INDIANAPOLIS –As Colts players enter work today, they do so with a new off-season protocol, but with a time-honored message.
"We just redefined and talked about the foundation has been laid," said Chuck Pagano about what he communicated when the program started two weeks ago and where it is taking his players and coaches. "We laid it two years ago and now we have the same vision and same goals. We talk about our culture, our environment, the core values – trust, loyalty and respect.
"The objectives and emphasis of the off-season (were discussed). Our goal is never going to change. That's why we hone that (message), just so it's in front of us every single day when we walk into this facility. That's what we're chasing."
Pagano was speaking in conjunction with his Chuckstrong Gala (**click here for story**) that raised $632,000 for research by the Indiana University Melvin and Bren Simon Cancer Center.
Pagano waged a daily fight in 2012 to beat leukemia, missing 13 weeks from his job and daily walking in remission, a path that hopefully leads to a fully successful completion in about three more years.
Messaging and example are staples to Pagano's process, and he applies it to his team as strenuously as he manages it in his life.
While Friday was about attacking life and benefiting others, Monday brings more preparation for his players.
Phase two of the conditioning program allows on-field workouts. Players are limited to individual instruction from coaches. Drills are conducted on a separate basis with no contact or offense-versus-defense work.
This is a three-week process that eventually graduates into a third phase where units work together.
As that goes on, the NFL Draft runs this Thursday through Saturday, infusing the job market with new hopefuls, as well as others that were not taken in the seven rounds.
That process helps reshape teams with newcomers. The work being done by veterans does the same as part of a team's identity is forged in the spring, far away from the brighter lights of training camp.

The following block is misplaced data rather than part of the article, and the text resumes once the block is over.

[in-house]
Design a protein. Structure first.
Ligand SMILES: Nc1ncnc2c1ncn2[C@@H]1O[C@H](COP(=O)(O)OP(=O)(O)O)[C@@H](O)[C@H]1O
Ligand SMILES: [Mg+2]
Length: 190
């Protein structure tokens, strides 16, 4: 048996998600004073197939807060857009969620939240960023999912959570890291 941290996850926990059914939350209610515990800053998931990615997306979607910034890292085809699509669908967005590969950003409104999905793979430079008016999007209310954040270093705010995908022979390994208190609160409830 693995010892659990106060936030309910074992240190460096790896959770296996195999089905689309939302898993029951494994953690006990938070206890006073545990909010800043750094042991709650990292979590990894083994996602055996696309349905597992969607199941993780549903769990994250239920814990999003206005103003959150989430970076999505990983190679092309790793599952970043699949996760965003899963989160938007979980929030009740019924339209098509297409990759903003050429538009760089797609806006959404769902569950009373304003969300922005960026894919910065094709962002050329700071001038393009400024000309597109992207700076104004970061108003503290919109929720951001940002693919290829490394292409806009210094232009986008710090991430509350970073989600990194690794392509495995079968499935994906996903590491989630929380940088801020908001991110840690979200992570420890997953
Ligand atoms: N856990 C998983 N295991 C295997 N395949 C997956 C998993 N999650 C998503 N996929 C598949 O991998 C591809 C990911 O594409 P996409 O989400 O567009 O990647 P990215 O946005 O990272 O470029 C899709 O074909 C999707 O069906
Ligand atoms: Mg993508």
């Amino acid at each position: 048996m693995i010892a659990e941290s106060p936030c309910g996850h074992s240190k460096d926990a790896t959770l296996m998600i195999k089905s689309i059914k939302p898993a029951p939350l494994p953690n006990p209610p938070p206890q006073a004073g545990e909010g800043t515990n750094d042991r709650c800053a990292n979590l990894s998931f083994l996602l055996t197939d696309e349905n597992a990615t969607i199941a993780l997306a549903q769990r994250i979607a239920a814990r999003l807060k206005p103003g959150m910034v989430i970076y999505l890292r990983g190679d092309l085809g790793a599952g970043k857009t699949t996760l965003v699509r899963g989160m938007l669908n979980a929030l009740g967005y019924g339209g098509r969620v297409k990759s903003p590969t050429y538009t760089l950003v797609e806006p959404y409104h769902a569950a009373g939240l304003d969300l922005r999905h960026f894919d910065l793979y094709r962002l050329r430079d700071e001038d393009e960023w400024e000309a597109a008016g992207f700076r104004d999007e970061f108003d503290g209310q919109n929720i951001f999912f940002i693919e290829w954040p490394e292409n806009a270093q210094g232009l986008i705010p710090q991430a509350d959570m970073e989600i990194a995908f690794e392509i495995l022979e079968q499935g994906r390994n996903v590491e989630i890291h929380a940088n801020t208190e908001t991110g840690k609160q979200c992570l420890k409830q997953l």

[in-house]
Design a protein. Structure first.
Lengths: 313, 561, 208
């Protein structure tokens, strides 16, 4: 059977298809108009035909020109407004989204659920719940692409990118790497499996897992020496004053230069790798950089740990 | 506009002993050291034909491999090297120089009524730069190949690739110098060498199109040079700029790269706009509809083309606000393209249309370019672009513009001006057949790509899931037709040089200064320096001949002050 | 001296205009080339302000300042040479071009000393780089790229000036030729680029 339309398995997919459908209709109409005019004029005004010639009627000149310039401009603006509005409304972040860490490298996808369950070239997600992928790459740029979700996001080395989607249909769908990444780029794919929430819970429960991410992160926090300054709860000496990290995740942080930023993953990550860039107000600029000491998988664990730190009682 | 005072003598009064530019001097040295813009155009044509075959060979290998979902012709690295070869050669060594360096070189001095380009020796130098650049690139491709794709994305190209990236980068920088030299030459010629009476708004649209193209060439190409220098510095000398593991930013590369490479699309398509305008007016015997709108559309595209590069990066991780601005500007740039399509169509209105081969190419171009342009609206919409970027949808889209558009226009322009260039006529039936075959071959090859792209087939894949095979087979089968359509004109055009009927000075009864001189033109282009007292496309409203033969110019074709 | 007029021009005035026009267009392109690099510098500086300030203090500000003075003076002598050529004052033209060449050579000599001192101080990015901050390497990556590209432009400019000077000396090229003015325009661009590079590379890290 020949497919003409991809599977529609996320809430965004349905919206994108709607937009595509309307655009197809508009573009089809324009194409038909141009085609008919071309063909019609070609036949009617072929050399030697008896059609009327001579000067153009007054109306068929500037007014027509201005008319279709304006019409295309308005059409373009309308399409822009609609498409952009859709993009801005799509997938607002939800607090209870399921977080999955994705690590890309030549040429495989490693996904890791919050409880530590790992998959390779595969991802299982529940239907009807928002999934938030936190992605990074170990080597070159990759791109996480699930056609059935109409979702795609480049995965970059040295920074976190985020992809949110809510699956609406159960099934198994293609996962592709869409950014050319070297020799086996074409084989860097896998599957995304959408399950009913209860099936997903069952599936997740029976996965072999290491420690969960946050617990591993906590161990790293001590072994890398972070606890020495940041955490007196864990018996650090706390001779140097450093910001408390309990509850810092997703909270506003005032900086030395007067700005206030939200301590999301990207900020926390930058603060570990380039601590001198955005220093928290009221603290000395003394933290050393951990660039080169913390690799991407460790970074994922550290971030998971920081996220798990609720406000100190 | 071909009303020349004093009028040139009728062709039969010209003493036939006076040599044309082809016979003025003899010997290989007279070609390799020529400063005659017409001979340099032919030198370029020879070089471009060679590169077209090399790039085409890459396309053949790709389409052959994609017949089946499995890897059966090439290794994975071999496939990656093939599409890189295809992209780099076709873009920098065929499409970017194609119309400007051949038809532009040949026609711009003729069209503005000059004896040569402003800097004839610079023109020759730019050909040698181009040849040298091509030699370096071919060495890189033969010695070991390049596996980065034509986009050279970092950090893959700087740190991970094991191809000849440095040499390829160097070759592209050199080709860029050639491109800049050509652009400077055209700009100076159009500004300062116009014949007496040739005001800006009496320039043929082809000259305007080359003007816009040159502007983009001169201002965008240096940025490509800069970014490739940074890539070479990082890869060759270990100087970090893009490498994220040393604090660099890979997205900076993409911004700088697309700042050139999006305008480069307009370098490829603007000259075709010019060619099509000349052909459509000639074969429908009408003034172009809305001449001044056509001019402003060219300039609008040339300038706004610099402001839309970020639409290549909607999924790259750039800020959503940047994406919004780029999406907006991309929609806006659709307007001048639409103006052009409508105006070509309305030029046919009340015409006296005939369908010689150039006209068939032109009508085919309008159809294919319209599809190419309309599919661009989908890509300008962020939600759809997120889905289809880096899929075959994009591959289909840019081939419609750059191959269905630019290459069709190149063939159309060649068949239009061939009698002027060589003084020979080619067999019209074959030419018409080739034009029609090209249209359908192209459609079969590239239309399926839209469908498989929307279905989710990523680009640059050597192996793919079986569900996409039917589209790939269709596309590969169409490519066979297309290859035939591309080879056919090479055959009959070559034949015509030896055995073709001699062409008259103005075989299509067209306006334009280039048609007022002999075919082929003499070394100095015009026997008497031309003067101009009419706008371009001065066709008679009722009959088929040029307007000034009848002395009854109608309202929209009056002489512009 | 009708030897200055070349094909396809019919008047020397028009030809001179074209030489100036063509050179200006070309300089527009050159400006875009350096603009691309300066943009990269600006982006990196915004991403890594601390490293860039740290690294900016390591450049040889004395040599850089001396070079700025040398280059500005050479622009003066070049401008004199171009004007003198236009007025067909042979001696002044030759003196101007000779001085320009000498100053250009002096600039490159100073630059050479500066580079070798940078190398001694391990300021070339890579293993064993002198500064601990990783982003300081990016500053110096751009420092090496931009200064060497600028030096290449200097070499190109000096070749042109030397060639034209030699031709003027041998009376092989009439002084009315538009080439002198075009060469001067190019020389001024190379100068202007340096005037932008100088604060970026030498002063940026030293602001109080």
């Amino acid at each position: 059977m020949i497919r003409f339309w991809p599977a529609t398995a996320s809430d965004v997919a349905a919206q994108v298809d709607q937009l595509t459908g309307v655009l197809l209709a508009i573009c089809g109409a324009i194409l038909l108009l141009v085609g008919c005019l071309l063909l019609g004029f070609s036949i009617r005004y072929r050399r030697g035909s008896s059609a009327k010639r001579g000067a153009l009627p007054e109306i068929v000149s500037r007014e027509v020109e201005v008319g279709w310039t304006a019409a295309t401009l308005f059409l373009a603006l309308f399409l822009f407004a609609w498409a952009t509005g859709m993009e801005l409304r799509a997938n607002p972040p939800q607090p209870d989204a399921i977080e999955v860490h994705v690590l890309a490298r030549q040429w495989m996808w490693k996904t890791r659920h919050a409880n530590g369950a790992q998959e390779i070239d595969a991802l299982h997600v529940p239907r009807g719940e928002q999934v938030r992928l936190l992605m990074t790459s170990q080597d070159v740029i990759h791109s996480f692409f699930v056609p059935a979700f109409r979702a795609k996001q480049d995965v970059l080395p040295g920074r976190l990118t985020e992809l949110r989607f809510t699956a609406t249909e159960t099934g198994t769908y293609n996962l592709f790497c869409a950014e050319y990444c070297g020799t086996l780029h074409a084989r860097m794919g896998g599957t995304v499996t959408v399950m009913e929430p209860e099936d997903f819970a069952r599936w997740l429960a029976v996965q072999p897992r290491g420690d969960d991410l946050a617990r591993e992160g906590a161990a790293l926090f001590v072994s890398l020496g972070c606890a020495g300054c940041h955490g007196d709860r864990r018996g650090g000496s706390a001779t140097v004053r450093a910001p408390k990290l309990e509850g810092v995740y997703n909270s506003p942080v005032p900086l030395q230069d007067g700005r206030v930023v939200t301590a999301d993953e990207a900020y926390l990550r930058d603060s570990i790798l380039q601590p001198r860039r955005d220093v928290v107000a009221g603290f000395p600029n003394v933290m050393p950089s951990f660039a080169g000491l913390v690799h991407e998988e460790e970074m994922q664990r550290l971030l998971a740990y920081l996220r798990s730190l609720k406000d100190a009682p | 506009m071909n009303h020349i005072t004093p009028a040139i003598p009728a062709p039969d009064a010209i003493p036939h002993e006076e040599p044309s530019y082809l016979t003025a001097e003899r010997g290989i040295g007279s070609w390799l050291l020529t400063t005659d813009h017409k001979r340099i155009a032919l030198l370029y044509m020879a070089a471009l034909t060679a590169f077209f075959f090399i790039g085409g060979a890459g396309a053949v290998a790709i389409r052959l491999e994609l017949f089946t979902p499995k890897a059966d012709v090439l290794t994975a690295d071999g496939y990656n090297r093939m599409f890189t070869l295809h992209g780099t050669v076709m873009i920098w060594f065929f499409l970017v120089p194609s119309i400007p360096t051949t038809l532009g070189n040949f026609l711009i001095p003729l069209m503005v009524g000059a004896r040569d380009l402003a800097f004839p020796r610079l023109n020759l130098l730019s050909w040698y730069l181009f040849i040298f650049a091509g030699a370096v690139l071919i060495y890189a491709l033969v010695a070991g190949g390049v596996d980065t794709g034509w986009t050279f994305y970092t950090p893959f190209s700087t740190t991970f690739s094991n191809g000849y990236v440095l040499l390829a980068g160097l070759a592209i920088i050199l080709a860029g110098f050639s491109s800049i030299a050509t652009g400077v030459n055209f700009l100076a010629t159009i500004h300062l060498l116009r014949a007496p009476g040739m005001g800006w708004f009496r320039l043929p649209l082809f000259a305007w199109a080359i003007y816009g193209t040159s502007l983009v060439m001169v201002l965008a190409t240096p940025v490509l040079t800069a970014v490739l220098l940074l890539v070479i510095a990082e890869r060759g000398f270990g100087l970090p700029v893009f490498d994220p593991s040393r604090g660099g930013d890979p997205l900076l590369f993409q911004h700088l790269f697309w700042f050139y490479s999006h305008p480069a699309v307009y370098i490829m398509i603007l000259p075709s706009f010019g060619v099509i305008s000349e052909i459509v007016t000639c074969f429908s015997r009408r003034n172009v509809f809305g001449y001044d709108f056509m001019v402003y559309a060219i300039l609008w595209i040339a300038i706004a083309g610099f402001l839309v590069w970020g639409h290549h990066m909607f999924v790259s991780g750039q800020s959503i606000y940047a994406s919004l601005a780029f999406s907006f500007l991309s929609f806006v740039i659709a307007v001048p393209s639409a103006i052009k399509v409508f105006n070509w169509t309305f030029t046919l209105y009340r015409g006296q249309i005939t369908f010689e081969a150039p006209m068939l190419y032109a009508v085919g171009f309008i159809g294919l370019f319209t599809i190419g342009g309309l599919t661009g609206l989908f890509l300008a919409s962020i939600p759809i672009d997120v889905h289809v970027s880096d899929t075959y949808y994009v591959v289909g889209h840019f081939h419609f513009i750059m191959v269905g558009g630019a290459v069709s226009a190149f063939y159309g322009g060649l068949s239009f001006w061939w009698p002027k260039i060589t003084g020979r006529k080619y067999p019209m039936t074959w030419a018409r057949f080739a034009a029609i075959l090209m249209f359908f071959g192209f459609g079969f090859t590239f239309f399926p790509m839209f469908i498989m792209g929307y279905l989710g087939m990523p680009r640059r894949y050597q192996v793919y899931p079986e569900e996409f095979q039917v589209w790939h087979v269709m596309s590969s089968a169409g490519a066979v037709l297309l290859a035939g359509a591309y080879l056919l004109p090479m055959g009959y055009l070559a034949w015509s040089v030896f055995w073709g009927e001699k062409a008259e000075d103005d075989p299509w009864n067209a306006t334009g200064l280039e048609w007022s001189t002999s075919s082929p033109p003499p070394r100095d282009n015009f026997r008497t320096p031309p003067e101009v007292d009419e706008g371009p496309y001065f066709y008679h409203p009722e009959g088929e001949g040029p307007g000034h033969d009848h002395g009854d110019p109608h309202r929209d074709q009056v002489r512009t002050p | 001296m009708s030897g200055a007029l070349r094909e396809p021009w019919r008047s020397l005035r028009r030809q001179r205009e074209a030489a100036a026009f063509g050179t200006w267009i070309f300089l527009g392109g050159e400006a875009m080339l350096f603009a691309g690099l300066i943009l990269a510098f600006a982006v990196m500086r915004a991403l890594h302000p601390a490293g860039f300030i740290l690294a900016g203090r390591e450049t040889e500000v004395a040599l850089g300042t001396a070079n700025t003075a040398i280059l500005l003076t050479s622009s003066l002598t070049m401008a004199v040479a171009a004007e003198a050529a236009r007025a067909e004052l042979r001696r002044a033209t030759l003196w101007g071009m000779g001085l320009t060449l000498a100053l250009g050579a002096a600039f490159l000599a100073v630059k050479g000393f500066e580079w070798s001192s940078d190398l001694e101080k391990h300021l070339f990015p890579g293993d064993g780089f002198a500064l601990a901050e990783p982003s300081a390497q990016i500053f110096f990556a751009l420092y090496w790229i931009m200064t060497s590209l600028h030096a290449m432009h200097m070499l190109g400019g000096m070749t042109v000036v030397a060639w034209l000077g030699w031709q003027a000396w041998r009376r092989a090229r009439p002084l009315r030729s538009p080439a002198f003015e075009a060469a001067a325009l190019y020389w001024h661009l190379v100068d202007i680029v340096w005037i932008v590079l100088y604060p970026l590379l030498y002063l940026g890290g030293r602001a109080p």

Pagano began his message two years ago when arriving. The team he inherited was coming off a 2-14 season and was fingered almost unanimously by observers to be also-rans.
He urged players to work daily, toil for each other, disregard anything that happened outside the team's facility and to dream to be great.
An 11-5 season followed. Another 11-5 campaign came in 2013. Both were earned, not given. Success for 2014 is anything but a sure thing.
"That's Coach Pagano's mantra, M.O. ever since I've been here," said Andrew Luck. "In football terms, we're thinking about trying to work every day to win a Super Bowl. He's definitely a great example for everybody, not just the guys in our locker room."
Says Pagano, "We're not guaranteed anything. That's why we talk about this (job) being such a privilege. If you treat it as a privilege, you don't take anything for granted and come in here with a mindset that you're going to do everything possible every single day to get better, to keep your job.
"You know, somebody's out there trying to get my job. Somebody's out there trying to get one of these player's job. They want a locker, they want a jersey number, the nameplate (over the locker) up there.
"As long as you don't consider this a right, take things for granted, keep things in perspective, there's a good chance you're going to be around for a long time."
Last year almost 65 percent of the veterans had a participation rate exceeding 90 percent. The first two weeks have had very good attendance.
One player whose participation will be watched will be Reggie Wayne, who is coming off ACL surgery on his right knee.
Wayne is doing well in rehabilitation and will be monitored closely by coaches and the medical staff.
Wayne is driving himself to return to the elite level he has earned for years.
"He's wired. He's extremely motivated," said Pagano. "He's probably more motivated today than he's ever been at any point of his career."